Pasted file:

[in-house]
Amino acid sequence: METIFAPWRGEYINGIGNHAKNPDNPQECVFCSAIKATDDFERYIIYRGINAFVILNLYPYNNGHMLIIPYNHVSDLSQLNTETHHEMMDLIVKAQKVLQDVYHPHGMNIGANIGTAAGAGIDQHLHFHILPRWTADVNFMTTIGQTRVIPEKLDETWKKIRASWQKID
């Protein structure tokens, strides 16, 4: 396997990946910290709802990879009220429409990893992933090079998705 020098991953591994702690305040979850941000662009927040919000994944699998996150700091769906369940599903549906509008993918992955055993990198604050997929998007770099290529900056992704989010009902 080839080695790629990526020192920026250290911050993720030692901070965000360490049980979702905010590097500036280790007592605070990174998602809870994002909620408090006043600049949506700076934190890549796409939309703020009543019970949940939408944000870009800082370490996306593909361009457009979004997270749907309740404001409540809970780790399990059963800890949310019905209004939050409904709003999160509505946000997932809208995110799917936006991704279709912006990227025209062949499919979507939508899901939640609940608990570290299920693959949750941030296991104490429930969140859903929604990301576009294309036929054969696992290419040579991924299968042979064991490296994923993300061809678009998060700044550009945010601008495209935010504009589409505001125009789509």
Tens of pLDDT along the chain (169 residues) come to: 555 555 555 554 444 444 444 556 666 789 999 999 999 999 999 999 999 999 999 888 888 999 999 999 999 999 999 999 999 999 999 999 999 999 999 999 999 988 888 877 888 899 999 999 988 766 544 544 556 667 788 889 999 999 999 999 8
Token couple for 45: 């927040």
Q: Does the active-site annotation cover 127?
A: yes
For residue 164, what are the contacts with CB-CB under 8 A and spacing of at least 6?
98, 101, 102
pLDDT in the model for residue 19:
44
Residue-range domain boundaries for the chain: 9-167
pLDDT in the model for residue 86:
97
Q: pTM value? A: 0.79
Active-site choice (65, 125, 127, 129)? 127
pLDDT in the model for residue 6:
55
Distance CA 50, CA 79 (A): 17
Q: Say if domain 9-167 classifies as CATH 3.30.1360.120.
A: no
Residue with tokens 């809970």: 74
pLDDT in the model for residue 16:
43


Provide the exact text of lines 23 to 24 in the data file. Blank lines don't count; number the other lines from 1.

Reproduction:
pLDDT in the model for residue 16:
43